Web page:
Dog Fighting

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Dog fighting animals have their ears cropped and tails docked close to their bodies to minimize the animal’s normal body language cues and to limit areas that another dog can grab during a fight. Fighters usually perform this cropping/docking themselves using crude and inhumane techniques. 


Dog fighting is a massive underground industry. In 2000, law enforcement authorities estimated dog fighting to be a $500 million/year industry worldwide with close ties to the mafia.  From 2010-2018 ASPCA assisted with approximately 200 dog fighting cases in 24 states.





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Law enforcement is heavily burdened nationwide. 50% of law enforcement officers in all 50 states say they encounter dog fighting in their line of work. Officers have limited resources. 40% of law enforcement officers say limited resources, including money, time and manpower, pose a major obstacle when it comes to pursuing dog fighting cases. 

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Dog fighters are often involved with other violence and organized crime. Most law enforcement officers consider dog fighting a severe crime, particularly due to the likelihood of dog fighters committing other violent crimes, citing the link between violence against humans and violence against animals as a major factor contributing to the severity of the crime. They also cited dog fighters’ involvement in organized crimes such as drugs and illegal firearms.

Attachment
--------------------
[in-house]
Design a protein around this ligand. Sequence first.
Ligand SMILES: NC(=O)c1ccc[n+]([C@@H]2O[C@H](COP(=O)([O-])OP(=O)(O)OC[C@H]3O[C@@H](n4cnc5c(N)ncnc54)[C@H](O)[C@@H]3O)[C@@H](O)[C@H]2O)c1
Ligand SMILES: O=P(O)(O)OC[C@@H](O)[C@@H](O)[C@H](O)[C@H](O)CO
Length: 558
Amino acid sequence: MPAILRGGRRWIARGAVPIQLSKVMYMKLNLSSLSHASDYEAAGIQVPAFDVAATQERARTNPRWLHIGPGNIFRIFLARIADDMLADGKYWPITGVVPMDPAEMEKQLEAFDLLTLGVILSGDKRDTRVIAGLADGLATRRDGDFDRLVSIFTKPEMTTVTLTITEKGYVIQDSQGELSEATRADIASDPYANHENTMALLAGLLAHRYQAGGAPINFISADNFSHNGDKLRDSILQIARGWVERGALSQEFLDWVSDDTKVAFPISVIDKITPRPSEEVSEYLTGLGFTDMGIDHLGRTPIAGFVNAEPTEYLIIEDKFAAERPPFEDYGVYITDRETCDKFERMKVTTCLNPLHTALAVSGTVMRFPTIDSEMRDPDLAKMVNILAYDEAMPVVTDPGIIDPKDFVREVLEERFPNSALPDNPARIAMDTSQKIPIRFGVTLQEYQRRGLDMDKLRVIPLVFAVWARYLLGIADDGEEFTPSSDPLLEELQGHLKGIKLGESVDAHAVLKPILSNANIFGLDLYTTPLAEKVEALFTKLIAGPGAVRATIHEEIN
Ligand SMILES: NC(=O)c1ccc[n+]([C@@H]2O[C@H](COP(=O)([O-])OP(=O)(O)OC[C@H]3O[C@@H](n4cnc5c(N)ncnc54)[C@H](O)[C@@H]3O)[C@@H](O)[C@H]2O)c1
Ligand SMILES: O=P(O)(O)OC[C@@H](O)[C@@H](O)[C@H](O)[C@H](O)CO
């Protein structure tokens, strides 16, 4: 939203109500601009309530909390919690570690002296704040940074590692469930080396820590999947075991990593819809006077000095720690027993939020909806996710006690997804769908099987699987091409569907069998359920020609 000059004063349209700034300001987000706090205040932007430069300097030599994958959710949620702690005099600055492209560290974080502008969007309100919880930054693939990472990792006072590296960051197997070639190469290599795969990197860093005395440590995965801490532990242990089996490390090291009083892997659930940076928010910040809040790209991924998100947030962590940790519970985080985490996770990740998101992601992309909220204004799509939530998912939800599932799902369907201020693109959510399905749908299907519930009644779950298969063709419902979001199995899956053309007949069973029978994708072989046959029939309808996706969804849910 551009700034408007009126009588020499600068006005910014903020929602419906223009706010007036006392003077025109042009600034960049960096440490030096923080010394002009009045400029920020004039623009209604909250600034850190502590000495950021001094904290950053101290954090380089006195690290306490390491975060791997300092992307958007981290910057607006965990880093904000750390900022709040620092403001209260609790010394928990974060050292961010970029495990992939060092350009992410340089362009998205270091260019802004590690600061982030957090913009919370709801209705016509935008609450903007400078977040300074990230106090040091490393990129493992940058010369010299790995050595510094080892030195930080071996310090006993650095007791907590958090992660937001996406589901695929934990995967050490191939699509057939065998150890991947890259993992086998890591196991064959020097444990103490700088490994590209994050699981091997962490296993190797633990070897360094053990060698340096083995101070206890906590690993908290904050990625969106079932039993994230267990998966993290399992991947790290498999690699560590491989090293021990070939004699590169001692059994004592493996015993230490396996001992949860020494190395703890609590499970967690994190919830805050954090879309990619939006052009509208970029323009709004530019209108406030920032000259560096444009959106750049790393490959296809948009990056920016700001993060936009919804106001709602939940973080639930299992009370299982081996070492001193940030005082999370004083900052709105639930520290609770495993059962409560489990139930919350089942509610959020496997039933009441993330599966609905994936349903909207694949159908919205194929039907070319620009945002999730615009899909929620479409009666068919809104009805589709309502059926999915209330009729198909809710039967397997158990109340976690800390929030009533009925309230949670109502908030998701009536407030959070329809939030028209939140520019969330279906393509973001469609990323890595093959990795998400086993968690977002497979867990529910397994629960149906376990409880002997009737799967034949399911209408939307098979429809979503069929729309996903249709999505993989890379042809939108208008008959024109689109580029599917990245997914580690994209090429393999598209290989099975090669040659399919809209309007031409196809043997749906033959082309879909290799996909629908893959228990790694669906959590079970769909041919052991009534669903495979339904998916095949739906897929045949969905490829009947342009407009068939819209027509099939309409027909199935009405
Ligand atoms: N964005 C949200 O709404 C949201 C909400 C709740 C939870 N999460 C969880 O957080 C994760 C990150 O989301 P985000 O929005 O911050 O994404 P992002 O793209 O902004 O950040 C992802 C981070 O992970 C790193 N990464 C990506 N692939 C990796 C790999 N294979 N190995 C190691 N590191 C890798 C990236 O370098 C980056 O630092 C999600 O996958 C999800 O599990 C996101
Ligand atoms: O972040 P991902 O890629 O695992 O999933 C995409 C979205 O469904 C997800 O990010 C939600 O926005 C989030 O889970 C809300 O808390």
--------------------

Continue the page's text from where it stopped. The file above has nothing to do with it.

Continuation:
The FBI now counts acts of cruelty against animals in their criminal database. In 2016, the FBI began collecting data on acts of animal cruelty in their National Incident-Based Reporting System (NIBRS), alongside felony crimes like arson, burglary, assault and homicide.

The National Sheriffs’ Association was a leading advocate for adding animal cruelty as a data set in the Bureau’s collection of crime statistics. The association for years has cited studies linking animal abuse and other types of crimes—most famously, murders committed by serial killers like Ted Bundy, Jeffrey Dahmer, and the “Son of Sam” killer David Berkowitz. The organization also points out the overlap animal abuse has with domestic violence and child abuse.

In 2018, more than 5,000 animal cruelty incidents were reported in the FBI’s National Incident-Based Reporting system, which has only 44% U.S. coverage. 

Some animal fighting raids are multi-state and multi-jurisdictional, and sometimes the perpetrators are charged under state law, or federal law, or both.